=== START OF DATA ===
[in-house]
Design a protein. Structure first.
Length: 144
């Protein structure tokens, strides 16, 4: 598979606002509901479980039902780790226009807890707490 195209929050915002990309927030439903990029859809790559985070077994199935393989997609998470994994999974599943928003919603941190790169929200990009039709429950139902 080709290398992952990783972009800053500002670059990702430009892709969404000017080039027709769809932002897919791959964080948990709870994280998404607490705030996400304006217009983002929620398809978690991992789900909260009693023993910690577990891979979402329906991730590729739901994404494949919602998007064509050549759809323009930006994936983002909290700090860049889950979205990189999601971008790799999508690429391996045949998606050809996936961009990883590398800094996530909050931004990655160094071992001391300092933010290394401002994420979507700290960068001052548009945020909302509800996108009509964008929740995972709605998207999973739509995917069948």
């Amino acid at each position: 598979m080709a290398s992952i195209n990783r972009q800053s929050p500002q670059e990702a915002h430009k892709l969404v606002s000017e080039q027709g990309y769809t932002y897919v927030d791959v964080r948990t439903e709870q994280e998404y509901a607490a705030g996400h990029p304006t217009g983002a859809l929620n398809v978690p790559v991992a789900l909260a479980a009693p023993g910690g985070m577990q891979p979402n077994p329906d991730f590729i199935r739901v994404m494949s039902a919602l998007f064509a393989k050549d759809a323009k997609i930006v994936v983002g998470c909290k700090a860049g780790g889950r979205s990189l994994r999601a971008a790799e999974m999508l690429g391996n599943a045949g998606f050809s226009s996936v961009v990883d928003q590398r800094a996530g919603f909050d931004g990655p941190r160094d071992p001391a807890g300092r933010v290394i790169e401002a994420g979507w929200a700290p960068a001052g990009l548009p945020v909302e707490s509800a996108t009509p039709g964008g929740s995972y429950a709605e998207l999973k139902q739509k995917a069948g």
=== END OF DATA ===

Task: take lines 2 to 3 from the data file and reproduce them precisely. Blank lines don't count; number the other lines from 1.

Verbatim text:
Design a protein. Structure first.
Length: 144